Branding, child ped. safety, 129,000-lb. truck routes will be discussed
at February Idaho Transportation Board meeting          

Equipment branding, seven 129,000-lb truck routes in eastern Idaho, and $2 million in child pedestrian safety projects will be discussed at the upcoming Feb. 21 Board Meeting at the ITD Headquarters in Boise.

Road equipment branding
At its meeting in the auditorium, the board will hear about the new look for ITD’s vehicles (pictured above).

Idaho Code requires all state vehicles to be lettered on each side with the name of its respective department. Currently, ITD’s equipment is painted white with reflective yellow striping and the ITD logo is on the door. The department’s name is not on the door.

To remedy this, and in conjunction with the use of branding, the department’s logo, name, and mission statement will be placed on both sides of the vehicle. The yellow reflective striping will be replaced by orange reflective striping on operations equipment and blue reflective striping on port of entry vehicles.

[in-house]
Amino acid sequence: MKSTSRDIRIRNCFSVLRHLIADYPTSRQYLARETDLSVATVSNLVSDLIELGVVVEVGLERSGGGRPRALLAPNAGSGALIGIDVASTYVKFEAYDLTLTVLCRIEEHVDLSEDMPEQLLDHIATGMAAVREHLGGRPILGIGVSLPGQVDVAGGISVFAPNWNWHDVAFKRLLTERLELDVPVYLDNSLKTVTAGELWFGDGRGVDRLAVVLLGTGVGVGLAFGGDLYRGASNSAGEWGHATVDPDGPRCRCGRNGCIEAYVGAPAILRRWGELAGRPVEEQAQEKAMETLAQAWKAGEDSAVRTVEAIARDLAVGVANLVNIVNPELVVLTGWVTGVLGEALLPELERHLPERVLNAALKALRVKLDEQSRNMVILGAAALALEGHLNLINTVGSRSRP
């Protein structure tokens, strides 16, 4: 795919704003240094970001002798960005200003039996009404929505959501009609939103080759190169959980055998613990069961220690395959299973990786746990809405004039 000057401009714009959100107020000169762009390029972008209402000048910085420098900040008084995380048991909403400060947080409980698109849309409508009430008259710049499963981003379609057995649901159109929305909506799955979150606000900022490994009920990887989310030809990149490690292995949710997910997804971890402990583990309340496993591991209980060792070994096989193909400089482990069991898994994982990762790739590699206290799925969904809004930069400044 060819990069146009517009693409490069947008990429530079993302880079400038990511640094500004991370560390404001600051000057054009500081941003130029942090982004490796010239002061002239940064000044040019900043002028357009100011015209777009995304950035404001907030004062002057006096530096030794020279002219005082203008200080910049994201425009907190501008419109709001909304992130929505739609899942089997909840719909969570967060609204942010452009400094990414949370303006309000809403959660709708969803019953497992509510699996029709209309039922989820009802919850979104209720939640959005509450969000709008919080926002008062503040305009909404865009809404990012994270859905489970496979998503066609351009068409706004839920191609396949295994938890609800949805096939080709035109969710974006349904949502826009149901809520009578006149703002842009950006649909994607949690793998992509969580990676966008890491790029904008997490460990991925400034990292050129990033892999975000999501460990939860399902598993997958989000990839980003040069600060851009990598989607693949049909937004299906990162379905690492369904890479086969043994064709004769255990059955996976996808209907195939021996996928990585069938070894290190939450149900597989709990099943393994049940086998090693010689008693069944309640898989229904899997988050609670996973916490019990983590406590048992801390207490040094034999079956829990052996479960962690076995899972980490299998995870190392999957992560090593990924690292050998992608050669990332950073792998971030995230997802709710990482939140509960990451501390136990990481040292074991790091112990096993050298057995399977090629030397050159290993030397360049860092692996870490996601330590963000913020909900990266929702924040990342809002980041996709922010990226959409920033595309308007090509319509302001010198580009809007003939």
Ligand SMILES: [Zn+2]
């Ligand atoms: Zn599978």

Children pedestrian safety projects
In 2017, the legislature approved the allowance of children pedestrian safety projects on the state and local system as eligible projects for the Strategic Initiatives Program.

Staff has been working with the Local Highway Technical Assistance Council (LHTAC) on this initiative. The LHTAC council and board approved a maximum of $2 million for children pedestrian safety projects. Seventy-one applications requesting over $12 million in funds were submitted. The applications were scored and staff will present the recommended list of projects to fund to the board for approval.

Some of the highest-ranked projects are multimodal corridor improvements in Moscow; sidewalk projects in Burley, Ashton, and Marsing; and crosswalk signage in Carey. The maximum award is $250,000.

129,000-lb. truck routes
Seven requests to designate routes for vehicle combinations up to 129,000 pounds were received in District 6. Staff analyzed the routes, reviewing criteria such as the bridges, pavements, highway geometry, and safety.

All analyses indicated that the routes can accommodate heavier vehicles, assuming the truck’s axle configuration conforms to legal requirements. The Board Subcommittee on 129,000-lb. Truck Routes reviewed the information at a meeting last month, and recommends board approval of all seven highway segments. Staff will present the route requests and analyses to the full board for its consideration.

Published 02-16-18